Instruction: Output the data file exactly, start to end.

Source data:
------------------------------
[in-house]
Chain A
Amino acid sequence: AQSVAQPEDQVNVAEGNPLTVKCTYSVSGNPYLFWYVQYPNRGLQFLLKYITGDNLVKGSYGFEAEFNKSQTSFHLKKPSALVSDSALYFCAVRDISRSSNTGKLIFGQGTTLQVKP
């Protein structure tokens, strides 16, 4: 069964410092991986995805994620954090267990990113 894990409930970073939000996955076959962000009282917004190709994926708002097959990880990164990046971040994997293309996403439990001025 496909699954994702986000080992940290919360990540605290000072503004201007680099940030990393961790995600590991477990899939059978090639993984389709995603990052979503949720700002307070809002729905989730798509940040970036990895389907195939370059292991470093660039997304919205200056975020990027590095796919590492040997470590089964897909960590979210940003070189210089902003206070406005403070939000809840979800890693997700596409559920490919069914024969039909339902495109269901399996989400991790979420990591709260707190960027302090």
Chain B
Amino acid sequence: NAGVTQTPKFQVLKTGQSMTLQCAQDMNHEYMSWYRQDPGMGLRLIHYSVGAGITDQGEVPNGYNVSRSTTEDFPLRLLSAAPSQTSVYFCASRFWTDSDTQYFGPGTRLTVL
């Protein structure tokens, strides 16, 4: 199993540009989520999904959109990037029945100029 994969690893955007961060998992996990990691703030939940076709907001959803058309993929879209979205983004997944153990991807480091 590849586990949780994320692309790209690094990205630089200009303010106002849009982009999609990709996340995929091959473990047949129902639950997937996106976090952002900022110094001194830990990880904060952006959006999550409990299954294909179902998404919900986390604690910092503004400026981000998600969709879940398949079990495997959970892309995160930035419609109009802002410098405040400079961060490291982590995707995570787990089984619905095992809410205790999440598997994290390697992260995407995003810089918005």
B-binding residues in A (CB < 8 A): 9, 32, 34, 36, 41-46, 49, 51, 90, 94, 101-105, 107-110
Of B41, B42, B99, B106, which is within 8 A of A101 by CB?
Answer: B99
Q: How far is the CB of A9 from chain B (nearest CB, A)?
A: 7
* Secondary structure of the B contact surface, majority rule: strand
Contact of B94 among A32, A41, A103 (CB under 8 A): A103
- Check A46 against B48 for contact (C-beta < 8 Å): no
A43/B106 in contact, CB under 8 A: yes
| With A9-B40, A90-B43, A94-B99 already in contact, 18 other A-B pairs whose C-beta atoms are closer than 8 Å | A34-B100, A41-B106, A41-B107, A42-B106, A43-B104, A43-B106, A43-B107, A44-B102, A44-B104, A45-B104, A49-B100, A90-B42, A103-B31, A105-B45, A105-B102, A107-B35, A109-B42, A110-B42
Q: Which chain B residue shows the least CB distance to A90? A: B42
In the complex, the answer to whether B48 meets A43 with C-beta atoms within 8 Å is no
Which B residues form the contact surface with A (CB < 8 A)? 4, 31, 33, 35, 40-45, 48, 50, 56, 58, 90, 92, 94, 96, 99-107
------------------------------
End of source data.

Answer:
[in-house]
Chain A
Amino acid sequence: AQSVAQPEDQVNVAEGNPLTVKCTYSVSGNPYLFWYVQYPNRGLQFLLKYITGDNLVKGSYGFEAEFNKSQTSFHLKKPSALVSDSALYFCAVRDISRSSNTGKLIFGQGTTLQVKP
């Protein structure tokens, strides 16, 4: 069964410092991986995805994620954090267990990113 894990409930970073939000996955076959962000009282917004190709994926708002097959990880990164990046971040994997293309996403439990001025 496909699954994702986000080992940290919360990540605290000072503004201007680099940030990393961790995600590991477990899939059978090639993984389709995603990052979503949720700002307070809002729905989730798509940040970036990895389907195939370059292991470093660039997304919205200056975020990027590095796919590492040997470590089964897909960590979210940003070189210089902003206070406005403070939000809840979800890693997700596409559920490919069914024969039909339902495109269901399996989400991790979420990591709260707190960027302090």
Chain B
Amino acid sequence: NAGVTQTPKFQVLKTGQSMTLQCAQDMNHEYMSWYRQDPGMGLRLIHYSVGAGITDQGEVPNGYNVSRSTTEDFPLRLLSAAPSQTSVYFCASRFWTDSDTQYFGPGTRLTVL
């Protein structure tokens, strides 16, 4: 199993540009989520999904959109990037029945100029 994969690893955007961060998992996990990691703030939940076709907001959803058309993929879209979205983004997944153990991807480091 590849586990949780994320692309790209690094990205630089200009303010106002849009982009999609990709996340995929091959473990047949129902639950997937996106976090952002900022110094001194830990990880904060952006959006999550409990299954294909179902998404919900986390604690910092503004400026981000998600969709879940398949079990495997959970892309995160930035419609109009802002410098405040400079961060490291982590995707995570787990089984619905095992809410205790999440598997994290390697992260995407995003810089918005």
B-binding residues in A (CB < 8 A): 9, 32, 34, 36, 41-46, 49, 51, 90, 94, 101-105, 107-110
Of B41, B42, B99, B106, which is within 8 A of A101 by CB?
Answer: B99
Q: How far is the CB of A9 from chain B (nearest CB, A)?
A: 7
* Secondary structure of the B contact surface, majority rule: strand
Contact of B94 among A32, A41, A103 (CB under 8 A): A103
- Check A46 against B48 for contact (C-beta < 8 Å): no
A43/B106 in contact, CB under 8 A: yes
| With A9-B40, A90-B43, A94-B99 already in contact, 18 other A-B pairs whose C-beta atoms are closer than 8 Å | A34-B100, A41-B106, A41-B107, A42-B106, A43-B104, A43-B106, A43-B107, A44-B102, A44-B104, A45-B104, A49-B100, A90-B42, A103-B31, A105-B45, A105-B102, A107-B35, A109-B42, A110-B42
Q: Which chain B residue shows the least CB distance to A90? A: B42
In the complex, the answer to whether B48 meets A43 with C-beta atoms within 8 Å is no
Which B residues form the contact surface with A (CB < 8 A)? 4, 31, 33, 35, 40-45, 48, 50, 56, 58, 90, 92, 94, 96, 99-107